By Edward Kiersh
Sitting alongside the Grand Canal outside the Grand Hotel Monaco, a glass of sparkling Prosecco in hand while watching the gondoliers ply through the dark water, it’s easy to understand why Venice is such a fabled city. It’s frenetic, throbbing with energy, a city on the brink of environmental disaster due to the surging lagoon, but still a place of mystery, surprises and seduction.
Go to any bar in the non-touristy Cannaregio district or away from San Marco Square and enjoy a giro d’ombra, a night crawl between cafes to savor plates of cicchetti, small fried fish dishes that come with prosciutto, olives, cheeses and other wonders.
Drink a Bellini at the tiny and romantic Harry’s Bar.
Stand on the Accademia Bridge to watch the vaporetti navigating through the Canal.
And for dinner head for Vini da Gigio, a small family-run trattoria owned by two incredibly-friendly owners who have been serving Venetian fish dishes for 40 years. Here the pasta with crab is a must, as is the squid in black ink with polenta.
Equally delightful—and a way to discover Venice’s intriguing artistic life—stay at Silvia Onda’s elegant apartment (firstname.lastname@example.org) that is conveniently located to the city’s most iconic attractions. Onda is an artist who helps guests discover “hidden Venice,” cafes, palazzos and experiences that leave indelible memories.
But a trip to this part of the world would be very incomplete without visiting other parts of the Veneto—the lovely region surrounding Venice and leading to the mountainous Dolomites.
Visit Romeo and Juliet in Verona. Their reputed, Shakespearean love nest is usually thronged with tourists, so feast on a pizza at Sapore, or climb the city’s famed Roman arena.
Nearby is the even more inspiring, arcade-lined town of Padua, the medieval home to the exquisite Giotto Frescoes. Remarkably-colored and transcendental, these 14th Century masterpieces in the Cappella degli Scrovegni are only one of the wonders in this charming town. Sit in the busy marketplace outside a small cafe, take a long walk under the arcades to various, architecturally-exquisite squares flecked with bell towers, and then go to the Villa Spagolla (email@example.com), where Giuliana Banzato, a seasoned travel tour operator, offers a quiet and very spacious apartment in an historic villa complete with a large swimming pool. There’s also a restful garden, and the villa is close to two golf courses, Montechia (with an array of water hazards) and Valsanzibio.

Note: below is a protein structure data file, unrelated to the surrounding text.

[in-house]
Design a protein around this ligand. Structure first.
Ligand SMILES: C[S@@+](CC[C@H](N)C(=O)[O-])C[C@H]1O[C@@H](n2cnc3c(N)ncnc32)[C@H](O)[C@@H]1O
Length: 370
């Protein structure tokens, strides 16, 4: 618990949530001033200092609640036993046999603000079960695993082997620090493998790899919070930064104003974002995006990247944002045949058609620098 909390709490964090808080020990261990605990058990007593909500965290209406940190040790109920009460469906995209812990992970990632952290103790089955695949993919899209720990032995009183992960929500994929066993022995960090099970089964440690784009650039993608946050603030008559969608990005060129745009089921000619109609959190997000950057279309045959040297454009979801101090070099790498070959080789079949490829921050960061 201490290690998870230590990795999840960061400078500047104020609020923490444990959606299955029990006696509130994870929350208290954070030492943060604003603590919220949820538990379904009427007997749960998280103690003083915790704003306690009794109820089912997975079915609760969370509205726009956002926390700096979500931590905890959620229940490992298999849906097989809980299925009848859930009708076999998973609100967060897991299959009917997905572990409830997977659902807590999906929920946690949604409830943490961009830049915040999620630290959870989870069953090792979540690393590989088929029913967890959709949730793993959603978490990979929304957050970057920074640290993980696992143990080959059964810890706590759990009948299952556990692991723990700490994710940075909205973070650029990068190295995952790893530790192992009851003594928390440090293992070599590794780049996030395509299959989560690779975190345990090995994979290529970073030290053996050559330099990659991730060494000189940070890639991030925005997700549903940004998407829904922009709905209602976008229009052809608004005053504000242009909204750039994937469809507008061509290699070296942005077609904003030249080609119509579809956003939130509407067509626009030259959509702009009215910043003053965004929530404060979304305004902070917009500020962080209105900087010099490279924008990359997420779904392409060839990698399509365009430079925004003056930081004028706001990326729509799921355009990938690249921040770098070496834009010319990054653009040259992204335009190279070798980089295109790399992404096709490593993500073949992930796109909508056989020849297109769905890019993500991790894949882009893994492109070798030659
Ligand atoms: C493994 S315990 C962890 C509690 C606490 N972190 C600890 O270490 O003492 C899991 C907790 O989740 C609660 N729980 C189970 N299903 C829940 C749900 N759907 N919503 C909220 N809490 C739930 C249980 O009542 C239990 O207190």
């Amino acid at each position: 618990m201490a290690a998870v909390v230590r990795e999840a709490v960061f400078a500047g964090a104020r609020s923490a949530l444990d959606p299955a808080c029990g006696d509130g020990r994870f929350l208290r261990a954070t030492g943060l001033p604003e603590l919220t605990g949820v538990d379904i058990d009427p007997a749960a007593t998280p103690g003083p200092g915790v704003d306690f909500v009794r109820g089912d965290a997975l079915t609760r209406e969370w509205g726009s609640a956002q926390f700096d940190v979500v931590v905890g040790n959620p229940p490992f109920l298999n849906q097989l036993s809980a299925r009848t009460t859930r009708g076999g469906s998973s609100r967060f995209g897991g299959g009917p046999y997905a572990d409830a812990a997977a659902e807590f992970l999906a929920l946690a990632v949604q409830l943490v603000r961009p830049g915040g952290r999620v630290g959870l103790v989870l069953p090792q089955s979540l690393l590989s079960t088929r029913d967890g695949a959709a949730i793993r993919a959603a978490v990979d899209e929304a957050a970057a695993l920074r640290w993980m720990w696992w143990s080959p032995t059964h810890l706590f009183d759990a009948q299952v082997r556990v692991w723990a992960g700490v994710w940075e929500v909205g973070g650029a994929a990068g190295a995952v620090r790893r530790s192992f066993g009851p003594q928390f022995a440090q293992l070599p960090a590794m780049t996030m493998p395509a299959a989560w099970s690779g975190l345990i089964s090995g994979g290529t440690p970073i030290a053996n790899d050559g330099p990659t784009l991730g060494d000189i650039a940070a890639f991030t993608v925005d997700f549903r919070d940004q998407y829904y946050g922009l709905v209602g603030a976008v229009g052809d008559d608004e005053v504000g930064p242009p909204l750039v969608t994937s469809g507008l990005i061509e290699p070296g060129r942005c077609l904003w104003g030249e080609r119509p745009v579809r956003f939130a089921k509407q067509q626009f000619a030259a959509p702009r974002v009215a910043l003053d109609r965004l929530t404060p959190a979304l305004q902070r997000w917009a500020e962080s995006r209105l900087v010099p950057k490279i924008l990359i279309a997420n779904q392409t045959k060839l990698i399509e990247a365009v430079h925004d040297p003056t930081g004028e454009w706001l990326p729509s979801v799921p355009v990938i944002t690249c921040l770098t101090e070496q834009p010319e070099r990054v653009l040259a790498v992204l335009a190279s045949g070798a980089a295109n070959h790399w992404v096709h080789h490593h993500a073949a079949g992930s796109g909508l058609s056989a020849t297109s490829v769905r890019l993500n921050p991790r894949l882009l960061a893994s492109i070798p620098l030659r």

Padua is so well located in the Veneto, it’s also easy to visit the heart of Sparkle, Italy’s winding Prosecco Road connecting about 30 cantine in the mountainsides close to Valdobbiadene and Asolo.
Here the views of vineyards perched precariously on hillsides are spectacular, as is the breathtaking terrain at the Asolo Golf Club. Throughout this fascinating area there are numerous picturesque abbeys and cloisters, and as for a beautifully-silky Prosecco stop at the Ruggeri winery. Modest, always-hospitable owner Paolo Ruggeri is often seen working in the vineyards, and his Giustino B. has been awarded “Best Sparkling Wine of Italy” several times. It’s a unforgettable treat.
So is Asolo, a town dating back to the 6th Century where there are numerous stunning churches, squares and castles. Several famed 1950s French writers like Simone de Beauvoir used to summer here, and as for lodging, that poses a very difficult choice. There’s the intimate, 29-room Hotel Cipriani with an enchanting restaurant, garden and swimming pool, or equally-luscious villa accommodations in Alessandra Cappellotto’s vineyard house (firstname.lastname@example.org) situated in nearby Monfumo.
A competitive cyclist who participated in the 1996 and 2000 Olympics, she’s passionate about her Prosecco vines and olive trees that surround her in the serene countryside—and is equally dedicated to providing her guests with a calming, rejuvenated oasis where time seems to stand wondrously still. A stay here, or anywhere in the idyllic Venice and Veneto, will long be cherished.
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